All those difficulties are compounded by the global reach of the crisis. “We have seen a number of major natural and man-made disasters over the last decade – from the earthquake in Japan in 2011 to the flooding in Thailand later the same year – which hit the technology sector particularly hard.” says Larsson. “But they were local or regional events that often had global effects.”
Today, he notes, demand and supply are being hit in almost every region. That makes it much more difficult for companies to execute their existing resilience strategies, which often rely on the ability to shift production around the globe and switch volumes between suppliers in different regions. “And the impact on different regions is not in sync,” adds Larsson. “So, when China was opening its factories again, their customers in Europe and the U.S. were still shut down.”
Logistics feel the strain
Smart logistics strategies are a critical part of many organizations’ response to disruptive events. The world’s transportation networks have proved extremely adaptable in previous crises, with carriers moving assets, altering routes and rapidly adjusting capacity to meet changing demand.
But the impact of COVID-19 has overwhelmed the ability of many logistics networks to respond, says Larsson. “In every other crisis, we say that suppliers are the critical link,” he says. “If they can produce, you can always find a way to deliver.”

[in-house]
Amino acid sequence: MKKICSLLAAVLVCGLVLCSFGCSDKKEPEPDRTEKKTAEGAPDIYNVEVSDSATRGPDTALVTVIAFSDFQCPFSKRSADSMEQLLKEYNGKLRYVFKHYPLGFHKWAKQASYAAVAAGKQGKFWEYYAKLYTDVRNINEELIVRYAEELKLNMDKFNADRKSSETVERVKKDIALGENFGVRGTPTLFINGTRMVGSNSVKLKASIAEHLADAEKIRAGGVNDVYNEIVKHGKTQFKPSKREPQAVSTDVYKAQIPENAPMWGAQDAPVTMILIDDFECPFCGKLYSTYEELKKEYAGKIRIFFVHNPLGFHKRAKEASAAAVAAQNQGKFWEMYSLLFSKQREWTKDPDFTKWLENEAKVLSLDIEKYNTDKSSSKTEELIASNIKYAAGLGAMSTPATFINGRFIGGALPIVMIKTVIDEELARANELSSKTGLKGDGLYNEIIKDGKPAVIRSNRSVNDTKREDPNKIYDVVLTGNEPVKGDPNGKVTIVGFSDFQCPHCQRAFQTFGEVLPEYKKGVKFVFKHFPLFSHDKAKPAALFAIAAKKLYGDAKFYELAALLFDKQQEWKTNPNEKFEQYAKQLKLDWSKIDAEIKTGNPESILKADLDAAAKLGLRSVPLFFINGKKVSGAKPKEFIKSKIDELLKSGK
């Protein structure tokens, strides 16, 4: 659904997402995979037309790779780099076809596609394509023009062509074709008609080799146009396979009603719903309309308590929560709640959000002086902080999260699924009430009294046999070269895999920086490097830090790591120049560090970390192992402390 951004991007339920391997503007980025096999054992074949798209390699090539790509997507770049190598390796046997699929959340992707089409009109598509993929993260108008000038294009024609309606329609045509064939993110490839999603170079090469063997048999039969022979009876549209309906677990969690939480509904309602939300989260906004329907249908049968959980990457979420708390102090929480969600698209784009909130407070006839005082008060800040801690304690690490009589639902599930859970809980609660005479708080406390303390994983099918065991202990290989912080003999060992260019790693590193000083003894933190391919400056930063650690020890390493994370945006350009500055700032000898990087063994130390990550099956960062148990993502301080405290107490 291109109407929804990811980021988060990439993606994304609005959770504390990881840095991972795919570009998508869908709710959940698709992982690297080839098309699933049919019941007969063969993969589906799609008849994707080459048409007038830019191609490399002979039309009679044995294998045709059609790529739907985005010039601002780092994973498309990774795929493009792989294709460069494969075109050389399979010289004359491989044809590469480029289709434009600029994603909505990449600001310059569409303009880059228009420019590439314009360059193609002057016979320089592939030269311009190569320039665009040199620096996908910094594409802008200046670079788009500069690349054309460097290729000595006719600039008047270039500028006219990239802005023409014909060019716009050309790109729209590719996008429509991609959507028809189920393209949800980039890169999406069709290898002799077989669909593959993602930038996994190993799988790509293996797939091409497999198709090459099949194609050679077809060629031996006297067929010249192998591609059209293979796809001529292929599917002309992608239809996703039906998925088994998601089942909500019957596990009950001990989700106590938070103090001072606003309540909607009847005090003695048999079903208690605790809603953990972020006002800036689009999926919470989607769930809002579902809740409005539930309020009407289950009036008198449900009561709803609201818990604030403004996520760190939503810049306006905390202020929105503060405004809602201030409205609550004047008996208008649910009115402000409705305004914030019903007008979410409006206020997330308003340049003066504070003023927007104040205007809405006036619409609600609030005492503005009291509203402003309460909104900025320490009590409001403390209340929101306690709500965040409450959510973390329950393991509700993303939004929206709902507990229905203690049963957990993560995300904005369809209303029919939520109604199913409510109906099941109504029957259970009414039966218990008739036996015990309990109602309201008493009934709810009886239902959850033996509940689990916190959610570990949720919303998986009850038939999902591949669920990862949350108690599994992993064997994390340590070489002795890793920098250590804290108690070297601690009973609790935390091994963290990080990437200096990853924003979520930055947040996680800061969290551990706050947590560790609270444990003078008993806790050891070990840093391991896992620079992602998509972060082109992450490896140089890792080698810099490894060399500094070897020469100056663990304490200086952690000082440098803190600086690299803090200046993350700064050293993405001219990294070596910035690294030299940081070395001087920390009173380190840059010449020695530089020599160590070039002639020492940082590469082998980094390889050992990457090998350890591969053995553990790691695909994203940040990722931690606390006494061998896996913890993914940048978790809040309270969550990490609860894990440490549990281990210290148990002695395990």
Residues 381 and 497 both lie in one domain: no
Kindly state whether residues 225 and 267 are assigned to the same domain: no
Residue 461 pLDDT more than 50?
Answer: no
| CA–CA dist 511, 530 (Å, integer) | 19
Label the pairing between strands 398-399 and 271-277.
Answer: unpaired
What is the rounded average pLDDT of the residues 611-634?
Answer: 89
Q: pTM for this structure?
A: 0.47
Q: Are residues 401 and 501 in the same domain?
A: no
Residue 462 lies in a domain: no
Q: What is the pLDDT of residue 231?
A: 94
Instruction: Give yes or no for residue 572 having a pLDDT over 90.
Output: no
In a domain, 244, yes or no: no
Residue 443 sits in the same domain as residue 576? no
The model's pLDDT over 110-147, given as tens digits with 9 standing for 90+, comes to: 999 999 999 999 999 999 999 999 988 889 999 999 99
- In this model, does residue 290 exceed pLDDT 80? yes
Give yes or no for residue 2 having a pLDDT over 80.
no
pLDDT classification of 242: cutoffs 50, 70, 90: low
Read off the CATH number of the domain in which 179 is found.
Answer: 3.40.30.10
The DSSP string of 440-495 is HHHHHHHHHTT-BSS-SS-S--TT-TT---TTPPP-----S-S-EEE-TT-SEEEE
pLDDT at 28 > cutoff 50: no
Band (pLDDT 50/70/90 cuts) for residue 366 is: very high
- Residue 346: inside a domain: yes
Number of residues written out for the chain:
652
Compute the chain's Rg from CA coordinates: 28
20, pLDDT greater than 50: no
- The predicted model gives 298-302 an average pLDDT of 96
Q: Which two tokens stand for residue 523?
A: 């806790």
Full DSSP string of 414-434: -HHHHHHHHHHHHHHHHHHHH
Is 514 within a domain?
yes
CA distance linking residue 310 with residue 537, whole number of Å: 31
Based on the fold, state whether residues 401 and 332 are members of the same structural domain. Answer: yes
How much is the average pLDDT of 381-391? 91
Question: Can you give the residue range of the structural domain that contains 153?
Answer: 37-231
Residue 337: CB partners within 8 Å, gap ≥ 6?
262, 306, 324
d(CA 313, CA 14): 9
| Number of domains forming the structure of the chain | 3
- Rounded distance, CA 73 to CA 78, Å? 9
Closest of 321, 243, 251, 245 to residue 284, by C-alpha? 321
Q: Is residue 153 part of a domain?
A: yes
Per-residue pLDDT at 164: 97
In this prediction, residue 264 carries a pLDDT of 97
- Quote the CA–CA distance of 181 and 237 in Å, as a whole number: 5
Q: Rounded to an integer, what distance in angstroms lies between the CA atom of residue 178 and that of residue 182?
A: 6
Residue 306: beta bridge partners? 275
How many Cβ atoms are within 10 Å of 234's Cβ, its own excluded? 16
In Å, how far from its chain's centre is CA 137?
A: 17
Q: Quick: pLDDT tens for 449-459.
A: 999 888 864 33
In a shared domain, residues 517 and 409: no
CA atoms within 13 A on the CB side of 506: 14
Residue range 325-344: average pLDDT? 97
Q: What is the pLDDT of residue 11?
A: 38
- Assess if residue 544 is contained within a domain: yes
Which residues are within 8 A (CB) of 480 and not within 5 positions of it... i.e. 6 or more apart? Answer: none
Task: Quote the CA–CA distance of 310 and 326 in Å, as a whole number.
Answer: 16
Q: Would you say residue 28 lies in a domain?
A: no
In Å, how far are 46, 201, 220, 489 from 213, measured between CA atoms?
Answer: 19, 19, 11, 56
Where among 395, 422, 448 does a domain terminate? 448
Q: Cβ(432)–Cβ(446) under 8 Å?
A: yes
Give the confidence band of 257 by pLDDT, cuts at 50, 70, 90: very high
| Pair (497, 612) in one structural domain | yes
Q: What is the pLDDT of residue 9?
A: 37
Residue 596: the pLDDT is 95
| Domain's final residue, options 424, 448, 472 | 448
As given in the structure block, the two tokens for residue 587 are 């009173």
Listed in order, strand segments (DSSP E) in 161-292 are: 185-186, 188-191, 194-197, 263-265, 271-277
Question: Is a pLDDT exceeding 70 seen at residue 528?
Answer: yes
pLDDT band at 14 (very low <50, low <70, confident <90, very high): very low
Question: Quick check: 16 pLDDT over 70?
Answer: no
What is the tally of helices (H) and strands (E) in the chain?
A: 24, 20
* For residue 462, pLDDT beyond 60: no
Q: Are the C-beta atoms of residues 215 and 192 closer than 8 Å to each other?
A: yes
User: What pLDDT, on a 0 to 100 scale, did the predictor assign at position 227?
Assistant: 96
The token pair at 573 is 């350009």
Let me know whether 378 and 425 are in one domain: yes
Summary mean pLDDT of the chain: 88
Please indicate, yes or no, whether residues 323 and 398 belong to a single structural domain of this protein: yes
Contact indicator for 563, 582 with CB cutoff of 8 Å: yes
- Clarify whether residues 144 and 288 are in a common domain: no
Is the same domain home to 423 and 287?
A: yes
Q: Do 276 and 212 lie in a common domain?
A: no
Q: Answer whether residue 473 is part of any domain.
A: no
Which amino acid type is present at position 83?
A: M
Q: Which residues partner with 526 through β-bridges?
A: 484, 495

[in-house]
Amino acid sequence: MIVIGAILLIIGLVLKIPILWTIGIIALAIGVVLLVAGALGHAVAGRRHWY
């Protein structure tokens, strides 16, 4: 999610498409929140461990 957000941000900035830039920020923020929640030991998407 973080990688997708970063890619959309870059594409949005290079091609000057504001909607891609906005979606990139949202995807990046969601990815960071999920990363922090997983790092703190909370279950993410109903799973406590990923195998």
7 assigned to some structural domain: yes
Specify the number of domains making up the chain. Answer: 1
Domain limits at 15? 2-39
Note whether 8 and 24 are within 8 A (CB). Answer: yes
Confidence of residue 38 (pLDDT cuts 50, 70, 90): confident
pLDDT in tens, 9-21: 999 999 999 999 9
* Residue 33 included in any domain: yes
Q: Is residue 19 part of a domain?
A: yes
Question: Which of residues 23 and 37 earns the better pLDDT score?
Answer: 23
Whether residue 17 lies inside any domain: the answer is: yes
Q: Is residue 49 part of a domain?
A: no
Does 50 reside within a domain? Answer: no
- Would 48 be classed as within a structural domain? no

This year, however, logistics links have been under unprecedented pressure. The collapse in air travel removed up to half the world’s normal air cargo capacity from the market, since much material moves in the bellies of passenger flights. Port closures and labor shortages slowed the movement of ocean freight. Trucking companies struggled to find drivers, and to overcome border delays and the closure of normal routes.
Even as operators and governments take action to improve flows and reopen key routes, returning services to normal will take some time. “Lots of important assets, from vessels to shipping containers, were stranded in the wrong place,” says Larsson. “Now operators need to try and restore a balance.”
How have different organizations coped with this extraordinary combination of challenges? At the outset of the crisis, says Larsson, all businesses had one thing in common: They weren’t fully prepared. “This is absolutely a black swan event,” he notes. “Nobody could economically have put in place all the measures they might need to handle disruption on this scale.”